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June 25, 1996
Author: STEVE MILETICH, P-I Reporter
Sentencing was set for July 26. Westmark faces at least 40 years in prison, said Deputy Prosecutor Michael Hogan, who handled the case. Jury forewoman Lisa Hager said the jury accepted Hogan’s assertion that Westmark carefully planned the crime and took deliberate steps to carry it out. Hager and another juror, Pat Shelan, said those steps included rolling down the car windows, strapping the children into their seats and getting in and out of the car before turning on the ignition.
“It showed deliberate, intentional action,” Hager said. Westmark had 10 minutes to change his mind before the boys lost consciousness, Hager said, noting that the law requires only a moment in time to form premeditation. Jurors agreed that Westmark was suffering from major depression at the time of the slayings, Hager said. “But we decided that did not preclude responsibility for your actions,” she said.
Hager said jurors went through all the elements they needed to consider and that it quickly became apparent they agreed on the verdict. “We talked about a lot of things and decided we would never know what the motive was,” she said. Hogan told the jury in closing arguments yesterday that Westmark carried out the crime to strike back at his wife, Leanne, because of the couple’s marital problems.
“The key to understanding suicide is to understand who is supposed to find the body,” he said.
Westmark loved himself more than his boys and used them as “pawns” against his wife, Hogan said. “He chose to kill his kids,” Hogan said. “He chose the method that was most palatable to him.”
Defense attorney John Henry Browne, citing Westmark’s history of psychiatric problems, asked the jury in closing arguments to acquit his client because he was suffering from major depression and severe mental illness that diminished his capacity to comprehend what he was doing.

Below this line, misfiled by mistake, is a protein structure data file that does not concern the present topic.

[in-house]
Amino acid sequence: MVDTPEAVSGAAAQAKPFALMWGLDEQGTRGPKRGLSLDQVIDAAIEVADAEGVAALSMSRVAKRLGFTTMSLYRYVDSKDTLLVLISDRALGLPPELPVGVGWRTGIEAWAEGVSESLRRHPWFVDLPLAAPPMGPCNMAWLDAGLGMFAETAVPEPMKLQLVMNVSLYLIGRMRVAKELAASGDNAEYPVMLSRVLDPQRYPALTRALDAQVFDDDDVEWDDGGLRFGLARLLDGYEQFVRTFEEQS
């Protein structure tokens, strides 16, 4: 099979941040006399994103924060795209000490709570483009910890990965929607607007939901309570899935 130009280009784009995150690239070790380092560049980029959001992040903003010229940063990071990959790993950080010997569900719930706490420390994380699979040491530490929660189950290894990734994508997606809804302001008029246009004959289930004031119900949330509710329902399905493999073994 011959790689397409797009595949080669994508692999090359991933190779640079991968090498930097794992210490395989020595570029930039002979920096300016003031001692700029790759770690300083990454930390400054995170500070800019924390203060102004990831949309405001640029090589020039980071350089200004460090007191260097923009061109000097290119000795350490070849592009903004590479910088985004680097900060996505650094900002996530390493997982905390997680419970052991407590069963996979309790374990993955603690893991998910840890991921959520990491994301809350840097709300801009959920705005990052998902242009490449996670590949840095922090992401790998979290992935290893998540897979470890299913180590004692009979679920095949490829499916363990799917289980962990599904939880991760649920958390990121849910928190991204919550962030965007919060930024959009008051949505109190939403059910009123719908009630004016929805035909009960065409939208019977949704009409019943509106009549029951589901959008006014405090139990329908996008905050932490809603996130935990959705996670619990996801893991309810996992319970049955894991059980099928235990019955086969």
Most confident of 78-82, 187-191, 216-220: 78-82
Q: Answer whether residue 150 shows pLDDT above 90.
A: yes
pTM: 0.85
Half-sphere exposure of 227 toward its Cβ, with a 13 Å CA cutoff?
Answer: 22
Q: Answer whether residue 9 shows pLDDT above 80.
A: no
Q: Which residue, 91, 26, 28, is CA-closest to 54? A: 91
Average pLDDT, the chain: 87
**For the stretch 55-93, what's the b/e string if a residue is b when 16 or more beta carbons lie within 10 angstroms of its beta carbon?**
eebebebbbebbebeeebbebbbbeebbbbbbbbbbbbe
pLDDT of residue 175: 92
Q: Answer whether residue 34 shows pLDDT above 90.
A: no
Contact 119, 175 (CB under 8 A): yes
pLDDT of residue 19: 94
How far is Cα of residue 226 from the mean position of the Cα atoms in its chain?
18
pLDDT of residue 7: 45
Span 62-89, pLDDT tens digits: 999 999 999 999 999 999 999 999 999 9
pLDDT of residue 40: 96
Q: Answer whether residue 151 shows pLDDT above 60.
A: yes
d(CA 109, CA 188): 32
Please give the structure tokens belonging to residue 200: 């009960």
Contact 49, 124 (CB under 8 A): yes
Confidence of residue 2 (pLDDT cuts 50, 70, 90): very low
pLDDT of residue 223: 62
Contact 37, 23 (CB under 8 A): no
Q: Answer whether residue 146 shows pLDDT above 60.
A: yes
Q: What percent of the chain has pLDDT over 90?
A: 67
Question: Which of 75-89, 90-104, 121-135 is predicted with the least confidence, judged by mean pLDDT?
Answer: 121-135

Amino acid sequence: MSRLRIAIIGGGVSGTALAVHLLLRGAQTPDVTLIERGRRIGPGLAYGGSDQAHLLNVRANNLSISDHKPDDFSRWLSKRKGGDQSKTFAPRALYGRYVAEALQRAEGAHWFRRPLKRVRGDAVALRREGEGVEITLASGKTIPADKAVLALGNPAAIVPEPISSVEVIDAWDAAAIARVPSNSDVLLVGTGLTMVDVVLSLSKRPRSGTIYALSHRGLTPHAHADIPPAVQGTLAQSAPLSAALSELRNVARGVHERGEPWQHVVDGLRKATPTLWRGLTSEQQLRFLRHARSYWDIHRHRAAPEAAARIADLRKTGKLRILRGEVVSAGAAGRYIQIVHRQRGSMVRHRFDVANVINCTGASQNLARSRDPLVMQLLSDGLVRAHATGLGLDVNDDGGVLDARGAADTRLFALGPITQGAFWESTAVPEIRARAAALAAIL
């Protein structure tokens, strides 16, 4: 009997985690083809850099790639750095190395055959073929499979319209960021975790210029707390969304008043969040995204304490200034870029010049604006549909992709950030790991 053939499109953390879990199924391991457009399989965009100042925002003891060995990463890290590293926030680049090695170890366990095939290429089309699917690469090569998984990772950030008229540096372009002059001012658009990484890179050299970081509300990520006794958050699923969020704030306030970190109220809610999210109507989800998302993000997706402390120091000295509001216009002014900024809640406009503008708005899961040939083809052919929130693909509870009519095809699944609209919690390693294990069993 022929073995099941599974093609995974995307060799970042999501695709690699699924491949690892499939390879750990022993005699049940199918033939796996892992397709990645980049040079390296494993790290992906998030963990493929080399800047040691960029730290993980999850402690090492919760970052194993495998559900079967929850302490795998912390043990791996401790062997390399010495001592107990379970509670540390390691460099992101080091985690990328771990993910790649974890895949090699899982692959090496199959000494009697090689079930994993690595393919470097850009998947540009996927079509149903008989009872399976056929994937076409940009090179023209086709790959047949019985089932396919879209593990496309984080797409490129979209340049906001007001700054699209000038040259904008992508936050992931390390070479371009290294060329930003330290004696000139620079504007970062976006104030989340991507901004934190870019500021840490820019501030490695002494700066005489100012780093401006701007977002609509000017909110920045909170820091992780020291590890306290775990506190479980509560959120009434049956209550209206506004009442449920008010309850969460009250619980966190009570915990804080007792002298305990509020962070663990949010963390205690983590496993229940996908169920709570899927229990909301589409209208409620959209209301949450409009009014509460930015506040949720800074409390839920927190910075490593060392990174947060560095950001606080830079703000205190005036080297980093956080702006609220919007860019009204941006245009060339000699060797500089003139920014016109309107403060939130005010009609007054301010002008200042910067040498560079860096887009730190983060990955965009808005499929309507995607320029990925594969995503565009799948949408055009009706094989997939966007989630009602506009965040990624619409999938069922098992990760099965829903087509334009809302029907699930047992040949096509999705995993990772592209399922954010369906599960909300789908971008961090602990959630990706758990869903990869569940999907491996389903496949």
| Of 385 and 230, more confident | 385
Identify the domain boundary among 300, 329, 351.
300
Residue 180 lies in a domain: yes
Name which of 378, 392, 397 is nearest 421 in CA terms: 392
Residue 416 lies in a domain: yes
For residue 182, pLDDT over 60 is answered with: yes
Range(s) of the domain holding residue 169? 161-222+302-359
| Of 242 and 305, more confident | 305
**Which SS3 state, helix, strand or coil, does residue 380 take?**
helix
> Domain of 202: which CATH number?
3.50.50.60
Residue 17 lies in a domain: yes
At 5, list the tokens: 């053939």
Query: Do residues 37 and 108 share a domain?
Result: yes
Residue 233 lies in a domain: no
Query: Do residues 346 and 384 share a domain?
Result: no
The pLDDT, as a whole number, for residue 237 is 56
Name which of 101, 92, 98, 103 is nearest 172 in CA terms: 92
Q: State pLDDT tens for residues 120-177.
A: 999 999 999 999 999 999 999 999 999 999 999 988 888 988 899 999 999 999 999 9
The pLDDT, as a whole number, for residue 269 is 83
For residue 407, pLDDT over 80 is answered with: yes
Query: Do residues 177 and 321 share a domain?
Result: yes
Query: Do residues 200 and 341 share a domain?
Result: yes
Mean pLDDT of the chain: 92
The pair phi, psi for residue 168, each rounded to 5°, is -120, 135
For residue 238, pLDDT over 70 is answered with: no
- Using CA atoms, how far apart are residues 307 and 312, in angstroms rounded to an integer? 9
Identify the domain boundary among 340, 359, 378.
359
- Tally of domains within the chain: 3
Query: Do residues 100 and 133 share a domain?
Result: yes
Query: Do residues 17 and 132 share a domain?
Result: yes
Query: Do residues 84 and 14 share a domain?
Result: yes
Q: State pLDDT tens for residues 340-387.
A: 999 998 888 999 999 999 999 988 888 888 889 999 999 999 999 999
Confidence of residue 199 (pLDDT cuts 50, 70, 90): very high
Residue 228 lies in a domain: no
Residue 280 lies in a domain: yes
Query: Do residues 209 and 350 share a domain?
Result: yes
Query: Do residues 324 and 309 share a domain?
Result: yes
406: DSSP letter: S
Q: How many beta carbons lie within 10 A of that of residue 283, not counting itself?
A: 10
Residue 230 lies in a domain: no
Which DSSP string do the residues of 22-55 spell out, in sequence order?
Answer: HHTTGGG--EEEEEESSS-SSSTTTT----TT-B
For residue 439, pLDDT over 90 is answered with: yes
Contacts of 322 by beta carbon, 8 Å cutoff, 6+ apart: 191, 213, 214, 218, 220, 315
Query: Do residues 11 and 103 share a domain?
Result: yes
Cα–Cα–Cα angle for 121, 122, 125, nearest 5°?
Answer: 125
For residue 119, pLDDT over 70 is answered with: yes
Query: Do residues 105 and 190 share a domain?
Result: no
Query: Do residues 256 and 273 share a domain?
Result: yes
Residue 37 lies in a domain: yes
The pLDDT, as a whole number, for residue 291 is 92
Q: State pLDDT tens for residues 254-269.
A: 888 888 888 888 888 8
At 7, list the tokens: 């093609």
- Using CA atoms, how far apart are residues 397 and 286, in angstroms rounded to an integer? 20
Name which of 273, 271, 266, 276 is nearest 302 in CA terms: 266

“It basically drives you crazy,” Browne said, recalling the testimony of medical experts who said Westmark was suffering from a potentially fatal form of major depression.
Jurors heard testimony during the two-week trial that Westmark had visited doctors and taken anti-depressants for many years. Browne didn’t argue that Westmark was legally insane, but that his ability to comprehend his actions was clouded by his mental state. Westmark’s mental illness wasn’t fully appreciated by those around him because Americans society ignores psychiatric problems and expects people to “buck up,” Browne said.
Westmark took the stand during the trial, but said he couldn’t remember the day the boys died because of a stroke he suffered in the attempted suicide. Medical experts testified that the stroke has impaired Westmark’s short-term memory. Browne said after the verdict that he was disappointed and concerned that serious mental illness is not understood.
“I think emotion had a lot to do with it,” he said of the verdict. Hager and Shelan said jurors understood the mental-illness claim but rejected it. Hogan said he was pleased for Westmark’s former wife, Leanne Ursino, who divorced him after the boys were killed and resumed using her maiden name.
Ursino, who sat through the entire trial, said the verdict was “exactly what I wanted to hear.” She said the convictions allow her to close a chapter in her life and now fully mourn the death of her sons. “It’s left for me to start all over again, unfortunately without the responsibility of children,” she said.
Referring to her boys, Ursino said, “They’re in the most perfect place I know. And I will be with them someday. And Kenneth Westmark will never have that opportunity.” Ursino and her large, close-knit family wept and hugged after the verdict was read.
Westmark’s mother and other family members sobbed and the left the courthouse without talking to reporters. Hager, the jury forewoman, said the case was sad for everyone involved.
“It was a tragedy before we were ever involved,” she said, referring to the jury.
Of Westmark, she said, “He’s a pathetic creature now.”
Record Number: 9606250040